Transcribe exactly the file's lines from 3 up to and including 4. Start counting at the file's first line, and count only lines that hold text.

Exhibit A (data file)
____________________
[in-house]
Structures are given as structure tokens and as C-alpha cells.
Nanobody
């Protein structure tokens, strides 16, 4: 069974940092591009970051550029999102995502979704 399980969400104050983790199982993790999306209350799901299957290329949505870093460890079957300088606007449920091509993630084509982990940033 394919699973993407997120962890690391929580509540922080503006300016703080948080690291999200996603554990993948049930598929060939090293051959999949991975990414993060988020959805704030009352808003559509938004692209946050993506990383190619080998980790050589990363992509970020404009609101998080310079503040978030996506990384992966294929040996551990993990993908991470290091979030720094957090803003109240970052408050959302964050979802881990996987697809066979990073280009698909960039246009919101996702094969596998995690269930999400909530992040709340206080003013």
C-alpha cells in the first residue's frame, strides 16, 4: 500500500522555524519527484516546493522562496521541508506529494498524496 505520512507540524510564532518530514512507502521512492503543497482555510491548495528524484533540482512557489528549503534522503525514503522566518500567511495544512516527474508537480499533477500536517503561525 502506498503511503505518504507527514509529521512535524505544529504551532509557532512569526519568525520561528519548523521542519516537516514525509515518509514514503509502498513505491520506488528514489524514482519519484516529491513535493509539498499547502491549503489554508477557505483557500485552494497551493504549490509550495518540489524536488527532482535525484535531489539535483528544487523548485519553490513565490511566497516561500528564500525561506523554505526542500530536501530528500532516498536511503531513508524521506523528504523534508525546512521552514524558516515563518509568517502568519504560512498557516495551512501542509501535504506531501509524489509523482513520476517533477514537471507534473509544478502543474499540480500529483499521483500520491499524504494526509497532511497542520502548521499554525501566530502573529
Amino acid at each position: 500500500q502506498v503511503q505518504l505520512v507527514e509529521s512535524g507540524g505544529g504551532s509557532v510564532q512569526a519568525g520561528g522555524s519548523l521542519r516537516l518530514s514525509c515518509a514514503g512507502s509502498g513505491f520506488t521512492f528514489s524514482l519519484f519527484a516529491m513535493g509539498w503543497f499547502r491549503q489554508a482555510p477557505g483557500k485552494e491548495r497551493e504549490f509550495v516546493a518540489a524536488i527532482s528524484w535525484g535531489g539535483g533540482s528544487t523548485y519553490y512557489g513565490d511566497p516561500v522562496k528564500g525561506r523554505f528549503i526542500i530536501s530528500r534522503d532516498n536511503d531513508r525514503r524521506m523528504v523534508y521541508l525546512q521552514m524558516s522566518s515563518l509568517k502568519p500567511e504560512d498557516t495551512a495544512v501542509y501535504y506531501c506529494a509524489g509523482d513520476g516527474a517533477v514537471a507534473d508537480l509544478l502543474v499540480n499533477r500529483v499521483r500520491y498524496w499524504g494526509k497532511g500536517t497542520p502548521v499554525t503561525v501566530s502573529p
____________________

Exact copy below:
Nanobody
């Protein structure tokens, strides 16, 4: 069974940092591009970051550029999102995502979704 399980969400104050983790199982993790999306209350799901299957290329949505870093460890079957300088606007449920091509993630084509982990940033 394919699973993407997120962890690391929580509540922080503006300016703080948080690291999200996603554990993948049930598929060939090293051959999949991975990414993060988020959805704030009352808003559509938004692209946050993506990383190619080998980790050589990363992509970020404009609101998080310079503040978030996506990384992966294929040996551990993990993908991470290091979030720094957090803003109240970052408050959302964050979802881990996987697809066979990073280009698909960039246009919101996702094969596998995690269930999400909530992040709340206080003013």